The performance of using interface{} vs a specific type.

I've recently started learning Go, and I have to say I'm very amazed by the whole concept of Goroutines, specially coming from a NodeJS / C++ background.

But sometimes it's nice to have a variable with a dynamic type, which Go does support (aka interface{}) , then I started wondering about the performance of using it vs just using one specific type.

I wrote a simple benchmark, at first I was rather disappointed at how slow it was compared to using the direct type, then I tried using goroutines to speed it up, with both buffered and unbuffered channels, surprisingly it didn't help at all, it even slowed it down farther.

Since the benchmark is simply summing some numbers, I decided to try atomic.AddUint64(), and while it was a tiny bit slower for defined types, it was much faster using interface{}

The Results :

6 comments on “The performance of using interface{} vs a specific type.”

  1. Here's the updated numbers:

    go test main_test.go -bench=.
    goos: linux
    goarch: amd64
    cpu: AMD Ryzen 7 5825U with Radeon Graphics
    BenchmarkInterface-16 32020794 33.78 ns/op
    BenchmarkType-16 54066788 20.19 ns/op
    BenchmarkInterfaceGoroutines-16 1606332 755.4 ns/op
    BenchmarkTypeGoroutines-16 1606047 745.6 ns/op
    BenchmarkInterfaceGoroutinesBuffered-16 3234037 373.2 ns/op
    BenchmarkTypeGoroutinesBuffered-16 3226484 376.9 ns/op
    BenchmarkInterfaceGoroutinesAtomic-16 18934428 67.38 ns/op
    BenchmarkTypeGoroutinesAtomic-16 21858744 53.02 ns/op

  2. At this point, I'd take your results thus far with a rather large grain of salt.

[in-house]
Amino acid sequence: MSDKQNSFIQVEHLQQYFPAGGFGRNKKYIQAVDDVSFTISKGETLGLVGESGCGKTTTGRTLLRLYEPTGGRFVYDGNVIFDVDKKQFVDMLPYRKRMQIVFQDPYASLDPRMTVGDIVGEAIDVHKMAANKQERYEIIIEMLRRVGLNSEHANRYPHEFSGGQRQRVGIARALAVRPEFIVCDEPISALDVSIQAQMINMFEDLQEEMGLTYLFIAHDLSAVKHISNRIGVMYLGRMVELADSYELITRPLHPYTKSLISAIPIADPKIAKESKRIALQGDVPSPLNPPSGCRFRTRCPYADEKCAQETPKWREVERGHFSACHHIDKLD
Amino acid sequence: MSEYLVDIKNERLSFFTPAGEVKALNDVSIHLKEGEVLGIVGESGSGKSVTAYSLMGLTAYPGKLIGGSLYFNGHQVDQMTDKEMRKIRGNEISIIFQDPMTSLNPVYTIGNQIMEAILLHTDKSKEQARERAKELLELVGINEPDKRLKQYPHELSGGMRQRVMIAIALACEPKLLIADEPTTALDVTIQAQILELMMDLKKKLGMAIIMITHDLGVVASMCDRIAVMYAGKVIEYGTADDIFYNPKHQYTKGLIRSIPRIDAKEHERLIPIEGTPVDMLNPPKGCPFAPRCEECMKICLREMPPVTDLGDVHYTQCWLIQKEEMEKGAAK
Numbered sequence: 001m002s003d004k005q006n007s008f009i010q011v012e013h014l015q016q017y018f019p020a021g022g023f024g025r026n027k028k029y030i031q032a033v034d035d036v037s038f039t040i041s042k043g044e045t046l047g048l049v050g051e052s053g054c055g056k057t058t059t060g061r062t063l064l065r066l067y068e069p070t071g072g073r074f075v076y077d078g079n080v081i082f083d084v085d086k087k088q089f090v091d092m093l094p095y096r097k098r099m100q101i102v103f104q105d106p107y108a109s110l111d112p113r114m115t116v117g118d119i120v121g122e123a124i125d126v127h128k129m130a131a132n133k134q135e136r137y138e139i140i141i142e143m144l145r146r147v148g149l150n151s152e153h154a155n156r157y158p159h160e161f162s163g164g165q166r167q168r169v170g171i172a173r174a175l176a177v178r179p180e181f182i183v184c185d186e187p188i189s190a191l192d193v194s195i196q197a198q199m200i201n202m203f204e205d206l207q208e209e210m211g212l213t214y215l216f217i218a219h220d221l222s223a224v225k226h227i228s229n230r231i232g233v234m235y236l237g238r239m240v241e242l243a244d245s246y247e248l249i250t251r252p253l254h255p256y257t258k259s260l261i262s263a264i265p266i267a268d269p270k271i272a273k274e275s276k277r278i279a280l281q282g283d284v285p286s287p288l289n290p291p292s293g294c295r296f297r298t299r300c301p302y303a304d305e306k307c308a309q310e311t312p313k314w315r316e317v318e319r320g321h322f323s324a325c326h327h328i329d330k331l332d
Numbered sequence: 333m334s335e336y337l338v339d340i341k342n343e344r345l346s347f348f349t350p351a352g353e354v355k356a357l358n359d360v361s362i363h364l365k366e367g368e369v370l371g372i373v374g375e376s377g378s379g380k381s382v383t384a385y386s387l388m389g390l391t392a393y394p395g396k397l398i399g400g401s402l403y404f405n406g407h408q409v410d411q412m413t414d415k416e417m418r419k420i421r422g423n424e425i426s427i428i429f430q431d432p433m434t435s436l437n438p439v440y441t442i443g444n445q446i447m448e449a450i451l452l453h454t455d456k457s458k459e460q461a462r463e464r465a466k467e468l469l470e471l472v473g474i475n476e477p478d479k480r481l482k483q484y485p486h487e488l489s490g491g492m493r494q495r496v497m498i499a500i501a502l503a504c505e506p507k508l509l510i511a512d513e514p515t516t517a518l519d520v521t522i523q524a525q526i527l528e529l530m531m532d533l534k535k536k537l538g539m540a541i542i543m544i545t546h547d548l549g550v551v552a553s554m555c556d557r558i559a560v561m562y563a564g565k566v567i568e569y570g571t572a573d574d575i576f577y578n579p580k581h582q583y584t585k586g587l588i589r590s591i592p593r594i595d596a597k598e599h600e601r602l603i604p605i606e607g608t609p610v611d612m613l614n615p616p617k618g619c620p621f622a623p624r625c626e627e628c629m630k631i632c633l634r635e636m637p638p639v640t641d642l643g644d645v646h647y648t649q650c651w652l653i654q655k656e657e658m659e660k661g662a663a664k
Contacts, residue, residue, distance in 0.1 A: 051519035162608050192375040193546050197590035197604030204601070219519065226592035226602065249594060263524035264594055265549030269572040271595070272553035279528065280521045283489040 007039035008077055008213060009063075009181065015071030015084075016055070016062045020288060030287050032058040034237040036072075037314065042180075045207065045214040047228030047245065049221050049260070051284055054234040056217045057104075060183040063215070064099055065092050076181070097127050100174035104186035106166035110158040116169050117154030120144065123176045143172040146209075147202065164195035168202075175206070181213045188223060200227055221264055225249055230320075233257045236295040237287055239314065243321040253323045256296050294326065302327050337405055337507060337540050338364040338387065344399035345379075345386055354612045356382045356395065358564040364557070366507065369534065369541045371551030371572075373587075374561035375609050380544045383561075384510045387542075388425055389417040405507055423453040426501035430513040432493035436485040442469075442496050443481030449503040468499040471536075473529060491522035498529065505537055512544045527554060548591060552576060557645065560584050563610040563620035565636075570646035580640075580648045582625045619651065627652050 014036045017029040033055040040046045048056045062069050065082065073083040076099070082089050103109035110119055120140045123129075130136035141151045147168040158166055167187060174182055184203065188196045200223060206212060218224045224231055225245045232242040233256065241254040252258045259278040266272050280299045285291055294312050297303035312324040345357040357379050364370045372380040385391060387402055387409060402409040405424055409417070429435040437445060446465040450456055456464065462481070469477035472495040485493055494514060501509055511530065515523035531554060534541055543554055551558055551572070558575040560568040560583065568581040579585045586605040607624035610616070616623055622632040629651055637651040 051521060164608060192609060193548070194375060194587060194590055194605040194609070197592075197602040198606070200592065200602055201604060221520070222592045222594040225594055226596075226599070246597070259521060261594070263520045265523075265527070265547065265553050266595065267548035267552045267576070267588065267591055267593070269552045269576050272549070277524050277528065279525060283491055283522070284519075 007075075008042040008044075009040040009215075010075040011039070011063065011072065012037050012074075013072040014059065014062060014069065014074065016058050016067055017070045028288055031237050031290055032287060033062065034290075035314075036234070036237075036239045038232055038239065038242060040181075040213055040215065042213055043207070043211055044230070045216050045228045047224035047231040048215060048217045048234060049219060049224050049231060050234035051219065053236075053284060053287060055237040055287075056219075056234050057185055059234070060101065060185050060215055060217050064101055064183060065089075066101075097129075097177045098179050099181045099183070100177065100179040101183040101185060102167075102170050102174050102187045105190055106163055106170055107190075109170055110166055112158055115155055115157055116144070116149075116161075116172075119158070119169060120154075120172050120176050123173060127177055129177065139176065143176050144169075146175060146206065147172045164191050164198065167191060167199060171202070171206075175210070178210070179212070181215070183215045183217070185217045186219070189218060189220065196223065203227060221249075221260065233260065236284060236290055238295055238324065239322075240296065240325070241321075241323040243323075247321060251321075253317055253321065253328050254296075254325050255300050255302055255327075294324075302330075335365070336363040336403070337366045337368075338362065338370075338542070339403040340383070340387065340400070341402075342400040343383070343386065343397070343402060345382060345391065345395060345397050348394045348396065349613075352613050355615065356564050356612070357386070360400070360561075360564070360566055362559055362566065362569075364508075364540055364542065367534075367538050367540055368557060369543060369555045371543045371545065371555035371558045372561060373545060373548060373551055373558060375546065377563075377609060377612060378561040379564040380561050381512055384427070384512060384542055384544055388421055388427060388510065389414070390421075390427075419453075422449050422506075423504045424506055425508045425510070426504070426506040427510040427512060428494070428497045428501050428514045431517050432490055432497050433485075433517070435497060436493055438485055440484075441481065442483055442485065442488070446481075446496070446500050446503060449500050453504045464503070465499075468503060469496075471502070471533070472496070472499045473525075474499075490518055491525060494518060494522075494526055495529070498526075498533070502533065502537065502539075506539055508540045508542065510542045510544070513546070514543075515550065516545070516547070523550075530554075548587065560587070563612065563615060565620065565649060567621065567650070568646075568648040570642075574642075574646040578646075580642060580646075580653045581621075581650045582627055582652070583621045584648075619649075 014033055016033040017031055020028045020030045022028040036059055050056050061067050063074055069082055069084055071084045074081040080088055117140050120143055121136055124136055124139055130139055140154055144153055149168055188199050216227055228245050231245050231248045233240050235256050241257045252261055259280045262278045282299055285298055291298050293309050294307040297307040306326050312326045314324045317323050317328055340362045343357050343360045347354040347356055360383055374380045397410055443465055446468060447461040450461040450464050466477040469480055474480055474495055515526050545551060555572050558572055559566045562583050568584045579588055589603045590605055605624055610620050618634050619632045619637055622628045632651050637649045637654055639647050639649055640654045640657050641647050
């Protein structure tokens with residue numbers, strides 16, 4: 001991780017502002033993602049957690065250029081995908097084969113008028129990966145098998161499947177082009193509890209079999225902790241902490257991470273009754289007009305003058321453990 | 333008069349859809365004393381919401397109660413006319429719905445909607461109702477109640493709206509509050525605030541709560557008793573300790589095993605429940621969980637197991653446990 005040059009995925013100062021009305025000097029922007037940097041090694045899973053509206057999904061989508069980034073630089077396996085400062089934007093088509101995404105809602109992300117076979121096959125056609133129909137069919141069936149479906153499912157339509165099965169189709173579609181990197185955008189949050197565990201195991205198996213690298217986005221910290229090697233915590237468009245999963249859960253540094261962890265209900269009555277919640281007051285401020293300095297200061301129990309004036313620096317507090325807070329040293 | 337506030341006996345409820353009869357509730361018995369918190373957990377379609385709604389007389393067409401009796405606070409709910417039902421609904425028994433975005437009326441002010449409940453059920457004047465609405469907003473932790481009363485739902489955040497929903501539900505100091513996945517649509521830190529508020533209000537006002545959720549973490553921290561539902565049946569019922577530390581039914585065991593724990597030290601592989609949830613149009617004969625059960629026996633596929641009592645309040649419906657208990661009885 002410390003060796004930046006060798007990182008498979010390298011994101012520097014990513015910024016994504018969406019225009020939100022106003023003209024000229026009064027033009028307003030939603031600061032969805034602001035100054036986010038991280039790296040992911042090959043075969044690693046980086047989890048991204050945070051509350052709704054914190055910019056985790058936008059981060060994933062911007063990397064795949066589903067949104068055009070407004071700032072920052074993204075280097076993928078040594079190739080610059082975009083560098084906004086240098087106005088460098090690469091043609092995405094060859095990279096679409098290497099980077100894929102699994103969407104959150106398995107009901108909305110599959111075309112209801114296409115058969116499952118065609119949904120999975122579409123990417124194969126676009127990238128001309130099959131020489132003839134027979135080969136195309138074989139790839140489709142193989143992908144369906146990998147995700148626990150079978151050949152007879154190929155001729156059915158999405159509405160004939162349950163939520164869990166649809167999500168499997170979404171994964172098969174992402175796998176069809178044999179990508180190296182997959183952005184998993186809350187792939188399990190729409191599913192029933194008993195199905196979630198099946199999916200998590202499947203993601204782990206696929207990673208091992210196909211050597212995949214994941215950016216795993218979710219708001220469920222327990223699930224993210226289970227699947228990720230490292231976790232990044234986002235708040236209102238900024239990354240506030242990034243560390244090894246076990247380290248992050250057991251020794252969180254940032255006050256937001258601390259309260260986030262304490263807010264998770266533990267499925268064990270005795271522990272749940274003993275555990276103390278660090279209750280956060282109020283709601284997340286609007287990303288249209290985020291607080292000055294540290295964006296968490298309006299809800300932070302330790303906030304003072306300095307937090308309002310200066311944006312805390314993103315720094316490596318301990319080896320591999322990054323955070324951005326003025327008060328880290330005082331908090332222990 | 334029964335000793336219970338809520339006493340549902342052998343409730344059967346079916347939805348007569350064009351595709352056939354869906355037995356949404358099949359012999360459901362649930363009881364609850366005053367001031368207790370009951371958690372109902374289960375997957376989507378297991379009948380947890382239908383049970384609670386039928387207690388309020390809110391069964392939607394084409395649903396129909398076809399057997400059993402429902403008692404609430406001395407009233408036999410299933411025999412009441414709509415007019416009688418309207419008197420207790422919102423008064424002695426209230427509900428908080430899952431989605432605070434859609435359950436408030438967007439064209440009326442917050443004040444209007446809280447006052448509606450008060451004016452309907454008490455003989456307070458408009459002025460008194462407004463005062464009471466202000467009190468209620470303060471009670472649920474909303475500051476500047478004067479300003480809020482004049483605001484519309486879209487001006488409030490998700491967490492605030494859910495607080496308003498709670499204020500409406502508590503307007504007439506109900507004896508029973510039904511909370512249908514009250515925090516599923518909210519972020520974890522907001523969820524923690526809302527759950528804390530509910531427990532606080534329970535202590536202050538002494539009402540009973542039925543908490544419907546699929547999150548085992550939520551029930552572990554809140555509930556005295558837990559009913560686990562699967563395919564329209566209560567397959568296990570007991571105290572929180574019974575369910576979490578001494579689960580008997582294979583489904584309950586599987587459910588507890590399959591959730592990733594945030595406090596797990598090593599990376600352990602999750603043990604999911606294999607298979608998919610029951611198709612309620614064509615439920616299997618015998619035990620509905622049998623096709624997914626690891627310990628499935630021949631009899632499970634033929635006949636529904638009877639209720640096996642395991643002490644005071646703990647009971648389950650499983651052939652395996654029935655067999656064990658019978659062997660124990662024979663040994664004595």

First, to expect a speedup from using goroutines, you need to tell the runtime how many CPU cores you want to let it use. Otherwise, it will simply run the goroutines in a single thread - good for concurrency, but offers no parallelism, and so will be slower.

    Second, you are probably not really testing interface vs type, but casting (twice) vs no casting. You cast your arguments implicitly into uint64 in sumI, then cast the results again in your test harness. To get the test a little closer to parity you should probably not use the empty interface, and/or should return a concrete type rather than an interface. Instead of the empty interface define your own "addable" interface with a method that just uses "+", then use that method in your sumI function.

    Happy gophering!

    1. You make good points, however :

      1. GOMAXPROCS is exported in ~/.bashrc, hence why all the benchmarks have -4.
      2. It's not a cast per se, it's a conversation, for example if you try v.(float64), it will give you an error.

      1. Is there really a difference between (1) type cast (2) type conversion ?
        From the top of my head, casting usually refers to navigation of inheritance relationships.

    2. Whether running single-thread or multi-thread concurrency among goroutines is still an issue, and you will have to code accordingly.

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